If the Canada Revenue Agency Comes Calling, Will You be Ready?

The Canada Revue Agency (CRA) may select a charity for audit for many reasons:

  • random selection
  • referral from another area of the CRA
  • complaints from the public
  • articles in the media or other publicly available sources
  • review of specific legal obligations under the Income Tax Act
  • information from the charity’s T3010 annual information return
  • follow-up on a previous compliance agreement

To ensure that your congregation is in compliance with CRA requirements, be sure do to the following:

Know your charitable purposes. Your congregation will have stated its charitable purposes when it applied for charitable status. The official document may be called “articles of incorporation” or “letters patent,” depending on your province or territory, and it is the standard against which the CRA will assess your compliance. All activities you undertake should fall within the parameters of your charitable purposes. For an example, see the CUC’s statement of purpose, at the beginning of its bylaws.

Know the difference between charitable and political activities. Under the Income Tax Act, a charity may conduct nonpartisan political activities. However, it must not use more than 10 percent of its resources for this, and its political activities must help further its charitable purposes. The CRA’s website has information on the basic requirements for political activities and how to distinguish between charitable and political activities. Use its self-assessment tool to help ensure that your political activities are within permissible limits.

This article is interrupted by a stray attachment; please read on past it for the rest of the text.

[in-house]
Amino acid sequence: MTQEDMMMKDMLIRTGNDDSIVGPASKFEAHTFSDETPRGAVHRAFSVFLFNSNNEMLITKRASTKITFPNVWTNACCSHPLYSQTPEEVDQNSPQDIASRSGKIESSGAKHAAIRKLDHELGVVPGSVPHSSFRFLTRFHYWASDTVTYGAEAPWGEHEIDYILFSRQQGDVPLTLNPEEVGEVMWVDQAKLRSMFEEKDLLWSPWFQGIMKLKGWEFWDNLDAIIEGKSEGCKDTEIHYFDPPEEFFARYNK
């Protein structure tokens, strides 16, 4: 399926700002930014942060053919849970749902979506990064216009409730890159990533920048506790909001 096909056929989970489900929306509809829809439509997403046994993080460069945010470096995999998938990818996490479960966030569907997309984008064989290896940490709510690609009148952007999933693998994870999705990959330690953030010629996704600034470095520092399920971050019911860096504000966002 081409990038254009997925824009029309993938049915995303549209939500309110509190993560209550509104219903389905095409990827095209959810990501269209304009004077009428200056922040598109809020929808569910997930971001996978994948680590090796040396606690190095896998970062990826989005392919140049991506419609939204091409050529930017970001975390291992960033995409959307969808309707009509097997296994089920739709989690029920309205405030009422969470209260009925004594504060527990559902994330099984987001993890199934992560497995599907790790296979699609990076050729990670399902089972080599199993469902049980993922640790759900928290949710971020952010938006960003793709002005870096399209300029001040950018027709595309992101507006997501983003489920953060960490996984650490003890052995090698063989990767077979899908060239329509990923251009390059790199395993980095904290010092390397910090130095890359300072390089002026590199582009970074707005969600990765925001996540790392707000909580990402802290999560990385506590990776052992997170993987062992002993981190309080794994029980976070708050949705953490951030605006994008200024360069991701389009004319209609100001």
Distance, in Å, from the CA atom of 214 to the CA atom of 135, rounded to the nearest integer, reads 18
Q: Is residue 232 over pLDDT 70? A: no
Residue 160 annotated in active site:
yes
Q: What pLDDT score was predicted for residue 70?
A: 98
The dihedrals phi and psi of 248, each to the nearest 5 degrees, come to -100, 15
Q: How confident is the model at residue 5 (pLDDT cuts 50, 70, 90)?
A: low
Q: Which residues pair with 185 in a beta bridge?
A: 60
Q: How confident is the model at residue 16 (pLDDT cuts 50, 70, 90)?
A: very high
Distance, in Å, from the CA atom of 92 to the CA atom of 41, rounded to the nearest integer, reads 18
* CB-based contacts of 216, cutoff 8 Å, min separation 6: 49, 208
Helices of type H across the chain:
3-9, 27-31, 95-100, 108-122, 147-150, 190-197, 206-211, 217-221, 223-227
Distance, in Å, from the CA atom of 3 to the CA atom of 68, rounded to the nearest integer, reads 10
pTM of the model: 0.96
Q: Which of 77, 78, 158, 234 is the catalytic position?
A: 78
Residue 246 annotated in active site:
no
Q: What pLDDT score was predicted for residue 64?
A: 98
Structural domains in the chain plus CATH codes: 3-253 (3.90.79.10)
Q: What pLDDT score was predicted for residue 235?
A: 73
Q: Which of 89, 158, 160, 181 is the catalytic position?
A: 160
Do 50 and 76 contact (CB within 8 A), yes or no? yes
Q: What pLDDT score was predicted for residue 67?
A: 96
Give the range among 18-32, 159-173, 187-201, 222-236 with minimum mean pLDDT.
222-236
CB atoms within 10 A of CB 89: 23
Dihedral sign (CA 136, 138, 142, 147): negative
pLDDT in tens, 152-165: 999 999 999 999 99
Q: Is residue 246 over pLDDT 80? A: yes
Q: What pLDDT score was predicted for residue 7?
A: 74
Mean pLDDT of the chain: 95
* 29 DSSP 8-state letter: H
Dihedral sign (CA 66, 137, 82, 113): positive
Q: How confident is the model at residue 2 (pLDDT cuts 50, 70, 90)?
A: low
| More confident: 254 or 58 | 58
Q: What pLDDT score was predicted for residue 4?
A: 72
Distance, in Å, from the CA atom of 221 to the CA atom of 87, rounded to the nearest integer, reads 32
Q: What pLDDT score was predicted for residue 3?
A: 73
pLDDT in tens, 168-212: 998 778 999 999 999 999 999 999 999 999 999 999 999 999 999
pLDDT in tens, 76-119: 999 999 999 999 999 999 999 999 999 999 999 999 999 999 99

Do not engage in partisan political activities. While charities can engage in political activities, partisan activity is strictly forbidden. A charity may support or oppose a policy or legislation, but not a particular political party or politician. Use the CRA’s policy statement and its recorded webinar on political activities to guide you.

Report your activities accurately. On your annual T3010 Registered Charity Information Return, provide an accurate accounting of your charitable and political activities. If you think a previous return might have been inaccurate, amend it. Be sure to file on time; some charities have lost their status for not doing so.

Be careful about your donations. Charities may give money only to organizations that the CRA considers qualified donees. This means that sending money to an organization outside of Canada requires special care. See Canadian Charities Operating outside of Canada: What You Need to Know, an article from Canadian International Lawyer, and contact the CUC’s executive director for more information.